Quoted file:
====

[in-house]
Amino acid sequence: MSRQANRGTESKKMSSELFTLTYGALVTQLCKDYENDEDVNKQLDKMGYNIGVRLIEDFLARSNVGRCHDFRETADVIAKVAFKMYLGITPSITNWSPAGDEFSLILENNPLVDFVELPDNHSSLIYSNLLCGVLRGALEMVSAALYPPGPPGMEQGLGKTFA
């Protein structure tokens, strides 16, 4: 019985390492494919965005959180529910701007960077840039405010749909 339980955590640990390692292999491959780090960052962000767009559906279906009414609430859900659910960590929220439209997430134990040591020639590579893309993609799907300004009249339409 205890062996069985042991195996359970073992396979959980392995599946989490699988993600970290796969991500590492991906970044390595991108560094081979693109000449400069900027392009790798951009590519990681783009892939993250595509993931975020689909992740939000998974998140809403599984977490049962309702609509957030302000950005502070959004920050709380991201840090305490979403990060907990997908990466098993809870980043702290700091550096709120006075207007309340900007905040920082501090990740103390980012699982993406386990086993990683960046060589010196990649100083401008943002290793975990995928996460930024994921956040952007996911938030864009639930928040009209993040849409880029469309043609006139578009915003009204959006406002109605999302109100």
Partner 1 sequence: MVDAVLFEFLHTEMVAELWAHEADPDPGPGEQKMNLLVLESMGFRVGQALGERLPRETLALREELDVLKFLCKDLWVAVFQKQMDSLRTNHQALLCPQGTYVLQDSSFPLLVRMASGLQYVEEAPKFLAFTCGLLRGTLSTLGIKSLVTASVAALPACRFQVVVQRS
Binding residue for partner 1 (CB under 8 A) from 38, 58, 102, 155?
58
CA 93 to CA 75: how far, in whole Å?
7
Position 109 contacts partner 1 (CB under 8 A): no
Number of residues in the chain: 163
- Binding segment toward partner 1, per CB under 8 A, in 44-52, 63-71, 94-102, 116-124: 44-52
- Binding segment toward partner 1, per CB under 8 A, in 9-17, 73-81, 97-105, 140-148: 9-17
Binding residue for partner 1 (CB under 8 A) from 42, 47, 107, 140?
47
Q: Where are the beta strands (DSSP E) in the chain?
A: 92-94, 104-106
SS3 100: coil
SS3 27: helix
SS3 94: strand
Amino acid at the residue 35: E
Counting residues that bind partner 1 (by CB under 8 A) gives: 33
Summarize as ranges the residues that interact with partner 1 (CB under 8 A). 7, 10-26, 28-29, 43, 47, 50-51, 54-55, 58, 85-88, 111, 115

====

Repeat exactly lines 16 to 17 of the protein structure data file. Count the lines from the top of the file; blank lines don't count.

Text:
A: 92-94, 104-106
SS3 100: coil